With Facebook insisting that it will maintain its real-name policy, technology outfit Virtual Artifacts came up with a solution that combines the benefits of Facebook pages with the freedom of anonymity — its Social X application.
The “anonymous chatting application“ that The New York Times’ Bits blog initially reported on earlier this month is now a reality, as Facebook introduced the latest app from its Facebook Creative Labs initiative, Rooms, a throwback to the Internet’s early days and a nod to anonymity, forums, message boards and chat rooms.
Despite extensive efforts by Facebook and other social networks to curb behavior such as cyberbullying and online harassment, a new survey by Pew Research Center found that malicious behavior continues to thrive on the Internet, with 73 percent of respondents having witnessed such activity and 40 percent being on the receiving end of it.
Facebook Co-Founder and CEO Mark Zuckerberg spoke with Farhad Manjoo of The New York Times’ Bits blog about the Facebook Creative Labs initiative to create new mobile applications, the differences between Facebook Messenger and WhatsApp, and turning 30, among other things.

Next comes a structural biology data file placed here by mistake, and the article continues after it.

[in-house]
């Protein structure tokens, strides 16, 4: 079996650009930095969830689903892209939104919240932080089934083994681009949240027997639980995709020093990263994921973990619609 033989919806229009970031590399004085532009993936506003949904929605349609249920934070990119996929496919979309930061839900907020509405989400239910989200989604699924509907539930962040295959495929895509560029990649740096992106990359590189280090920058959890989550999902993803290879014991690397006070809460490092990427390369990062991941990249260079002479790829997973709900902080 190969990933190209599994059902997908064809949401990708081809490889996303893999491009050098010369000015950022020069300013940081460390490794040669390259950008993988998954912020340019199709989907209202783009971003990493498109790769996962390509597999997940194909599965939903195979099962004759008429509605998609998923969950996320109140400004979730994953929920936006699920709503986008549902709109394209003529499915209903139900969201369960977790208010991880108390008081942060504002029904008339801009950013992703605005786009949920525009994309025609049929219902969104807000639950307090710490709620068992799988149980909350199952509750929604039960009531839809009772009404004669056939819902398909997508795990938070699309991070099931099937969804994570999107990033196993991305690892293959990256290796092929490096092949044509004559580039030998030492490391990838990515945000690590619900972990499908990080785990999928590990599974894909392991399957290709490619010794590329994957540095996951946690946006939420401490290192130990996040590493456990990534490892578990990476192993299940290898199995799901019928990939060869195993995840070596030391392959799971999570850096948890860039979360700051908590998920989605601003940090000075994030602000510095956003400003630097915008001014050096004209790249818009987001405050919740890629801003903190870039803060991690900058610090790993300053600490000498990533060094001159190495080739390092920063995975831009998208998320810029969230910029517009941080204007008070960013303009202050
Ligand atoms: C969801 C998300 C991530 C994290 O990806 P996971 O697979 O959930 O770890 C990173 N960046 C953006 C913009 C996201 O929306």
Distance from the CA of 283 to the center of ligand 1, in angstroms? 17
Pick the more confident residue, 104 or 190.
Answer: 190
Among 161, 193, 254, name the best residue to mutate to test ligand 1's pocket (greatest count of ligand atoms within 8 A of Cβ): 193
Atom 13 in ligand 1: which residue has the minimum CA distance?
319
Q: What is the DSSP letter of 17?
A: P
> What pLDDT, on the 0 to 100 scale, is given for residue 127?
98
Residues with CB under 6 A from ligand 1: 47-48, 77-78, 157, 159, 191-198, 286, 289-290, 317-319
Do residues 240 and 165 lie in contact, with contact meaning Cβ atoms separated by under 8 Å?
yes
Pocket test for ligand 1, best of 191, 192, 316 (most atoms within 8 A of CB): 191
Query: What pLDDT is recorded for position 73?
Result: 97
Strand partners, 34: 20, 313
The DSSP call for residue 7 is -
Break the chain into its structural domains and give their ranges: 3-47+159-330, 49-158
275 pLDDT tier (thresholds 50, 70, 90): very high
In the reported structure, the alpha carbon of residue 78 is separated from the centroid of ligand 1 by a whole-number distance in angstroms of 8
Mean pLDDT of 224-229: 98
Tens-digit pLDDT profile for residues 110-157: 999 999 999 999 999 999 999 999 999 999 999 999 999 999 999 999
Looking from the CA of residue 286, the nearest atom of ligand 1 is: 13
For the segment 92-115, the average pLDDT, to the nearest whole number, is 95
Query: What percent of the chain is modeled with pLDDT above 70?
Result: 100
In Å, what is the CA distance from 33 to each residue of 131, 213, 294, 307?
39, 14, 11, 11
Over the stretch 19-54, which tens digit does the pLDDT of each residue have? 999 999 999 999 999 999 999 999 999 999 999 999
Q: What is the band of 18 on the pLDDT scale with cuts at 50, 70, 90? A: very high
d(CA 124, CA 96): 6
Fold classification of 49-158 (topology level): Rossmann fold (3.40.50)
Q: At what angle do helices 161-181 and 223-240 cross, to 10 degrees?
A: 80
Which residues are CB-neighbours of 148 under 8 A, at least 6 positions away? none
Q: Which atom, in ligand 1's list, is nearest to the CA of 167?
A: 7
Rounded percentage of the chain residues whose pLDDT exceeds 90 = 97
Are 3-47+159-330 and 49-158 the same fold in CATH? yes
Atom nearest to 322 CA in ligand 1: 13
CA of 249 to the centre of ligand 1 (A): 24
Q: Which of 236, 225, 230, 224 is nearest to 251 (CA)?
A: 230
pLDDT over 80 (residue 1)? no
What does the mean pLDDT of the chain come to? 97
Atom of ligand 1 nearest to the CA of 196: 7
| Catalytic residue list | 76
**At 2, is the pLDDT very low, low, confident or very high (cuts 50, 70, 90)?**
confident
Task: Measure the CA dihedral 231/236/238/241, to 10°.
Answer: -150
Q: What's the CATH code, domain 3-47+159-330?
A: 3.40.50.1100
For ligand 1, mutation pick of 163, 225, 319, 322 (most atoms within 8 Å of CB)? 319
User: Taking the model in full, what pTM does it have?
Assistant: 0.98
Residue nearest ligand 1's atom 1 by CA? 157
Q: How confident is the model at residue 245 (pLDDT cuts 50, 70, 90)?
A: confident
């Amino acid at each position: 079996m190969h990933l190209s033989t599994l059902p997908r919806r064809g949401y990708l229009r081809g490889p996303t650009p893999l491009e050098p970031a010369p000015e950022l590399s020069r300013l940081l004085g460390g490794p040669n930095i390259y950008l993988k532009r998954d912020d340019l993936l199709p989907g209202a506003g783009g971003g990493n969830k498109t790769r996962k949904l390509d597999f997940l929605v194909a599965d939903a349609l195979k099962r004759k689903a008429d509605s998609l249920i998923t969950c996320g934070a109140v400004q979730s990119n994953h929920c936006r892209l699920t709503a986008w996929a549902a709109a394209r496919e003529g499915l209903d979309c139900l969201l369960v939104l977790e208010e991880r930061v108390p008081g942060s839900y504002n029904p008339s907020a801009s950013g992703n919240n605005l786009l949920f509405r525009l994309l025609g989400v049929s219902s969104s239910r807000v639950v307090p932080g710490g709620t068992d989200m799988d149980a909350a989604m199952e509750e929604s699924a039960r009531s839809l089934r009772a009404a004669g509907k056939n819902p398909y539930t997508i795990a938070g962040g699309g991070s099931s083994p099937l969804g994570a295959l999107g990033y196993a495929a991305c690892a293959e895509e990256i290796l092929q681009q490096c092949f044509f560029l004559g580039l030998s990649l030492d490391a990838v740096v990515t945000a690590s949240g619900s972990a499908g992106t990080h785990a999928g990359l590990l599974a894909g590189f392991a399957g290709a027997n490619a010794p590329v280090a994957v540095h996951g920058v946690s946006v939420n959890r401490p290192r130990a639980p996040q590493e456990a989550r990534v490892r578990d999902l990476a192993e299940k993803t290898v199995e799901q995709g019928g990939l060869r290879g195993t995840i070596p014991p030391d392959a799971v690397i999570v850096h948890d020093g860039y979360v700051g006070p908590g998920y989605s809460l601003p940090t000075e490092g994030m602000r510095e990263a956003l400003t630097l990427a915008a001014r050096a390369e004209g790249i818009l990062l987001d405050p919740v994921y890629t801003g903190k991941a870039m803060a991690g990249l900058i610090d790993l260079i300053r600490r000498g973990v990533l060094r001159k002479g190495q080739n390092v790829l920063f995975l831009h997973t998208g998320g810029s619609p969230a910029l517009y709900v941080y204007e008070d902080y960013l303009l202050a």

Anonymity is becoming more accepted at Facebook. The social network has defended its policy of requiring users to use their real names over the years, but Co-Founder and CEO Mark Zuckerberg said in a January interview with Bloomberg Businessweek that real names will not be required to access the separate mobile applications the company plans to roll out. And now Re/code reports that the social network is in talks with social app Secret.
Glassdoor is a great way to get the inside scoop on a company before you send in a job application. Job seekers can compare salaries and read anonymous reviews from employees to get a better sense of what it’s really like to work at a certain place. But now that Glassdoor has integrated with Facebook, users can see which friends are on Glassdoor, taking away the sense of anonymity.